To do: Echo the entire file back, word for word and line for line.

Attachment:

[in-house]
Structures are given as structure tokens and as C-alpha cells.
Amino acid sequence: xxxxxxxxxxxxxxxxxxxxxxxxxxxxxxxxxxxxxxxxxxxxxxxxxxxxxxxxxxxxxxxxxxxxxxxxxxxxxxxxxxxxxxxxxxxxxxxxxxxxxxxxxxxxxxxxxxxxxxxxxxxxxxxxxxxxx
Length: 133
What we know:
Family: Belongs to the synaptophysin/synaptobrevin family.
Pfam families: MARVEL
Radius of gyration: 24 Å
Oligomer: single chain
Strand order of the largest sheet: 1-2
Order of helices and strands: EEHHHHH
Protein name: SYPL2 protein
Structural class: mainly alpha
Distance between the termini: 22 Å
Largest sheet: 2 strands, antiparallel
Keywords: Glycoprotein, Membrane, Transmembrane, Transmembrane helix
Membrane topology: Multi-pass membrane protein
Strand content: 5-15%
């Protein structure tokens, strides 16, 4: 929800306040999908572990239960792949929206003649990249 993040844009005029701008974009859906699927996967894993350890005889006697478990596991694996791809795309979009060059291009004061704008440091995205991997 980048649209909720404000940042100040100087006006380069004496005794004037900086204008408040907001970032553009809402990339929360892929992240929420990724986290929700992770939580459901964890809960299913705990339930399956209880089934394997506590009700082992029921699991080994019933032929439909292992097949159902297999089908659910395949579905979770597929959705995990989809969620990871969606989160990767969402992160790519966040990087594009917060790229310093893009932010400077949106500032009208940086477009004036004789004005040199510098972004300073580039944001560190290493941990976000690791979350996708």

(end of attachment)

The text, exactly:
[in-house]
Structures are given as structure tokens and as C-alpha cells.
Amino acid sequence: xxxxxxxxxxxxxxxxxxxxxxxxxxxxxxxxxxxxxxxxxxxxxxxxxxxxxxxxxxxxxxxxxxxxxxxxxxxxxxxxxxxxxxxxxxxxxxxxxxxxxxxxxxxxxxxxxxxxxxxxxxxxxxxxxxxxx
Length: 133
What we know:
Family: Belongs to the synaptophysin/synaptobrevin family.
Pfam families: MARVEL
Radius of gyration: 24 Å
Oligomer: single chain
Strand order of the largest sheet: 1-2
Order of helices and strands: EEHHHHH
Protein name: SYPL2 protein
Structural class: mainly alpha
Distance between the termini: 22 Å
Largest sheet: 2 strands, antiparallel
Keywords: Glycoprotein, Membrane, Transmembrane, Transmembrane helix
Membrane topology: Multi-pass membrane protein
Strand content: 5-15%
């Protein structure tokens, strides 16, 4: 929800306040999908572990239960792949929206003649990249 993040844009005029701008974009859906699927996967894993350890005889006697478990596991694996791809795309979009060059291009004061704008440091995205991997 980048649209909720404000940042100040100087006006380069004496005794004037900086204008408040907001970032553009809402990339929360892929992240929420990724986290929700992770939580459901964890809960299913705990339930399956209880089934394997506590009700082992029921699991080994019933032929439909292992097949159902297999089908659910395949579905979770597929959705995990989809969620990871969606989160990767969402992160790519966040990087594009917060790229310093893009932010400077949106500032009208940086477009004036004789004005040199510098972004300073580039944001560190290493941990976000690791979350996708």